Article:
The key protection of the Highlands Region’s water and land resources may about to be sabotaged – quietly – by DEP Commissioner Bob Martin.
[Update: 7/6/10 – it only took the Morris Daily Record a few months to write the story today:
To protect the groundwater drinking water resources of the Highlands Region from pollution, DEP adopted regulations (see Highlands Rule) that, among other things, restrict the density of septic systems in the core Preservation Area (in July 2008, I wrote about that rule).
In the sensitive Highlands Preservation Area, the DEP septic standard allows one home per 88 acres in forested lands, and one per 25 acres on farmland. This is the most restrictive standard in New Jersey.
Large land areas are needed to dilute septic pollution due to the geology of the Highlands region, where very little of the rainfall seeps into the ground and “recharges” drinking water aquifers. Here is DEP’s basis for the standard: (for complete technical basis, see: NJDEP-Highlands-Basis & Background of Septic Density Standard)
The HWPPA at N.J.S.A.13:20-32(e) directs that a septic system density standard must be established at a level to prevent the degradation of water quality, or to require the restoration of water quality, and to protect ecological uses from individual, secondary, and cumulative impacts, in consideration of deep aquifer recharge available for dilution. The septic system density standard was to be established in consideration of the antidegradation provisions of both the Surface Water Quality Standards (SWQS) at N.J.A.C. 7:9B-1.5(d)6(iii), and Stormwater Management rules at N.J.A.C. 7:8-5.5(h), that are applicable to Category One waters, and are to be applied to all Highlands open waters pursuant to subsection g. of section 34 of P.L.2004, c.120 (C.13:20-32). The Surface Water Quality Standards rules at N.J.A.C. 7:9B-1.5(d)6.iii. state that Category One Waters shall be protected from any measurable changes (including calculable or predicted changes) to the existing water quality. The Stormwater Management rules at N.J.A.C. 7:8-5.5(h) require the preservation of a 300-foot special water resource protection area (SWRPA) along all Category One waters.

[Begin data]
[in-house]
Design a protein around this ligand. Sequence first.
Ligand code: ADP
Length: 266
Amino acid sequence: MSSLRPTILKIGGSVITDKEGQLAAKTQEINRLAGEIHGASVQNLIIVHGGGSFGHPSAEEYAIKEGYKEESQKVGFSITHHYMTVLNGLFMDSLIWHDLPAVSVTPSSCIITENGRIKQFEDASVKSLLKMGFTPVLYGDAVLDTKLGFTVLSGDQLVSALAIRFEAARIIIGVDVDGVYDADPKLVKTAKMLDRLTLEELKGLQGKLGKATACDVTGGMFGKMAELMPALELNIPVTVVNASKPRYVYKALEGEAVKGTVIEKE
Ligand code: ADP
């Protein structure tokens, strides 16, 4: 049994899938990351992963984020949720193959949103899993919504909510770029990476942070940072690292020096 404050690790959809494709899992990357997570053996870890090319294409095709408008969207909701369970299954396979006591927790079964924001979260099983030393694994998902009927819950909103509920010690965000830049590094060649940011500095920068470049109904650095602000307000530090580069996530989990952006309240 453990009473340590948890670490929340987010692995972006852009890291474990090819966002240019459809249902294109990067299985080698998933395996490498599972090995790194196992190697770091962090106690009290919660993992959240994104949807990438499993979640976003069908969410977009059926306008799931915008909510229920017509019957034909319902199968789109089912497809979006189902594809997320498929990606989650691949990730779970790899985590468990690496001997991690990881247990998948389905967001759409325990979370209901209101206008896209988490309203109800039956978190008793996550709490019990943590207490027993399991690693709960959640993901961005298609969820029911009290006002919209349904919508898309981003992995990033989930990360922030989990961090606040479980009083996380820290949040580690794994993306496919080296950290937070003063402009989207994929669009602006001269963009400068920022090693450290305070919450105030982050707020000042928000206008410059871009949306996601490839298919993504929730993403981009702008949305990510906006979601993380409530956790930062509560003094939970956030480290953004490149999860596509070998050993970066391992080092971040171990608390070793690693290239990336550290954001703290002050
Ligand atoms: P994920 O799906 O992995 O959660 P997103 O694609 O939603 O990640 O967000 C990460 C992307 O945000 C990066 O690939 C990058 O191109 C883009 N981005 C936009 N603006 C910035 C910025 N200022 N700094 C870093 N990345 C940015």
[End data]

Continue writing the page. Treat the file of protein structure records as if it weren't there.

The NJ Farm Bureau has sued DEP to block that rule. They lost the initial round, the DEP rules were upheld, and their appeal case is now in the Appellate Division.
Legal briefs have been filed and the arguments were scheduled to be presented to a three-judge panel on March 9 in Trenton. But according to a NJ Farm Bureau Op-Ed in yesterday’s NJNewsroom.com:
We are greatly encouraged by acting DEP Commissioner Robert Martin’s decision last week to obtain a six-month delay in the legal challenge on the septic density rule to take “a fresh look” at the standard.
This is extremely disturbing – Martin’s “fresh look” is very likely to gut the most protective standard in the Highlands .
The DEP’s rules were held scientifically and legally valid by Administrative Law Judge Metzger’s thorough decision of March 24, 2009. ALJ Metzger’s opinion was adopted by the DEP on July 13, 2009.
Commissioner Martin should be SUPPORTING the decisions of ALJ Metzger and his predecessor and PROTECTING the Highlands, not taking a “fresh look” which is little more than a cynical euphemism for rollback and sell out to development interests.